There is a sweetness in the writings of Dumitru Staniloae that draws me into the love of God. This precious Orthodox theologian opened the gift of relationships within time and space for me. I was struggling to understand the problems of the West and the modern world in the way we articulate and understand time and space when I first discovered Staniloae.
Instead giving me the answers, he caused me to raise more questions. And I am grateful for that holy stirring in my soul. Like Heschel, Staniloae suggests that the modern world tended to spacialize time and invert the proper order of time over space. When writing about time, Staniloae says that time is the interval between the offer of love and the reciprocation to that offer.
But maybe I better back up a moment. Staniloae introduced me to another aspect of Maximas the Confessor beyond the four hundreds texts on love. He develops the creational vision of Maximas in his writings. Staniloae suggests that when God chose to create humans (in his image), God created time and space as to planes where humans could move (in differing ways) towards love. Thus time and space provide a plane of motion for movement toward love in relationship with God and with other humans.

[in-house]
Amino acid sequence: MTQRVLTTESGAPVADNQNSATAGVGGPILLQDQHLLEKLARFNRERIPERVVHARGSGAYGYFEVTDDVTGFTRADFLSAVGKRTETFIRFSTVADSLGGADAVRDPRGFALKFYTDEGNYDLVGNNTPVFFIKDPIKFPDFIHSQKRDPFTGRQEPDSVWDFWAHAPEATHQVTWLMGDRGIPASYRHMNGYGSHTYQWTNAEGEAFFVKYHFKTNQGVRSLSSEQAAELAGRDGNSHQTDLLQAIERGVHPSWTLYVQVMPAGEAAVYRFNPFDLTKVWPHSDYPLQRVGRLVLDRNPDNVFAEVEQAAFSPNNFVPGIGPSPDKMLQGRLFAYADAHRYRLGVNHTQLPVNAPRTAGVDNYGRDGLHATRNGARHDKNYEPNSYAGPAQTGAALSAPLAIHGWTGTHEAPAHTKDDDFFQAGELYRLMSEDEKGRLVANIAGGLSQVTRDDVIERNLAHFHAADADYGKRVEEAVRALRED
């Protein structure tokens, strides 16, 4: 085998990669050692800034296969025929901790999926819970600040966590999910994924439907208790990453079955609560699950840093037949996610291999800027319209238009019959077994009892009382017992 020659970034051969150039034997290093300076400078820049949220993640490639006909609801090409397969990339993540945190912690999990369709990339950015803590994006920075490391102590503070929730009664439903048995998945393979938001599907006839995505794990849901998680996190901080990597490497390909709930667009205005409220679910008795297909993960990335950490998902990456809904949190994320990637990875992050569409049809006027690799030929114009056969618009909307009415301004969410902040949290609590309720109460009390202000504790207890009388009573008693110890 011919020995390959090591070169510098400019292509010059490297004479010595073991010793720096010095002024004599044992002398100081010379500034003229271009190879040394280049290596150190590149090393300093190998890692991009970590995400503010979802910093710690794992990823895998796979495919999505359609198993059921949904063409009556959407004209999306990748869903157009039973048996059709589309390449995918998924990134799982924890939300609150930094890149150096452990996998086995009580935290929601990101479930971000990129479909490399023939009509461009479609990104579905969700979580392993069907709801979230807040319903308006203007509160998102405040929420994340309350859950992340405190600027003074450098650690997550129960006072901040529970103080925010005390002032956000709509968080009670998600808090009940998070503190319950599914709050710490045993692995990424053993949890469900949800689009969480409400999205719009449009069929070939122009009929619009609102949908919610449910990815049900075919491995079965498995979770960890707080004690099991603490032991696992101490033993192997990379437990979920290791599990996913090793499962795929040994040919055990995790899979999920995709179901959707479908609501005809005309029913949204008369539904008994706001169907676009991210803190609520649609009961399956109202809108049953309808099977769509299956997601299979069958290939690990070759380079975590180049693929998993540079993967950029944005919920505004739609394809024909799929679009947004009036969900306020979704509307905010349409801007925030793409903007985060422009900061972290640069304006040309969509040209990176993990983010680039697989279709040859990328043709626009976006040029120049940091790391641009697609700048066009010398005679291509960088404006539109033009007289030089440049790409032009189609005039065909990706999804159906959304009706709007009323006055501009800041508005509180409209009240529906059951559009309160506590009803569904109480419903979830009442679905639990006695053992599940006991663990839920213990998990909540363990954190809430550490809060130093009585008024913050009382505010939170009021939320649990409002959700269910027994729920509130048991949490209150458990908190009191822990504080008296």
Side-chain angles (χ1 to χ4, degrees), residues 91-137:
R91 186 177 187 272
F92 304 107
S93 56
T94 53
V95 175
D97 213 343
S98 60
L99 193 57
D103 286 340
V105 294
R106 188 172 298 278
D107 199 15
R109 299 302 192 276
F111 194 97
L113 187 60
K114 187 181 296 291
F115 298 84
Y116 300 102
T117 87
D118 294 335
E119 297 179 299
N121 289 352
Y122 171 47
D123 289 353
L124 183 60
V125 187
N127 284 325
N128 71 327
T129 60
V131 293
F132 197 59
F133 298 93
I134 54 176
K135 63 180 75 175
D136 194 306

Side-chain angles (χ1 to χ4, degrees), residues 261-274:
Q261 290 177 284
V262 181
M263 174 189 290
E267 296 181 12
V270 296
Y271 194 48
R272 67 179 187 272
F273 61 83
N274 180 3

At first this may be a little difficult to wrap around, but I encourage to let it simmer in your thoughts and heart. It will unfold riches of the beauty of this creation. As a way of offering some glimpses into Staniloae’s writings, I am posting a segement from his little pamphlet “The Victory of the Cross.” This 20 page treasure opens in the riches of the cross in ways that most of us completely miss.
Here is the opening paragraph from this meditation on the cross of suffering in our lives:
The world is a gift of God, but the destiny of this gift is to unite man God who has given it. The intention of the gift is that it should be continually transcended. When we receive a gift from somebody we should look primarily towards the person who has given it and not keep our eyes fixed on the gift. But often the person who receives the gift becomes so attached to the gift that he forgets who has given it to him. But God demands an unconditional love from us for he is infinitely greater than any of the gifts which he gives us; just as at the human levels the person who gives us a gift is incomparably more important than the gift which he has given and should be loved for himself and ot only on account of his gift. In this way every gift requires a certain cross, and this cross is meant to show us that all these gifts are not the last and final reality. The cross consists in an alteration in thie gift, and sometimes even in its entire loss.
I am planning to put some notes on his themes on the cross soon, and I’ll post them. But I’ll pause now simply to say thank you for the gift of writing you gave. May I move beyond the gift to love God and others more fully.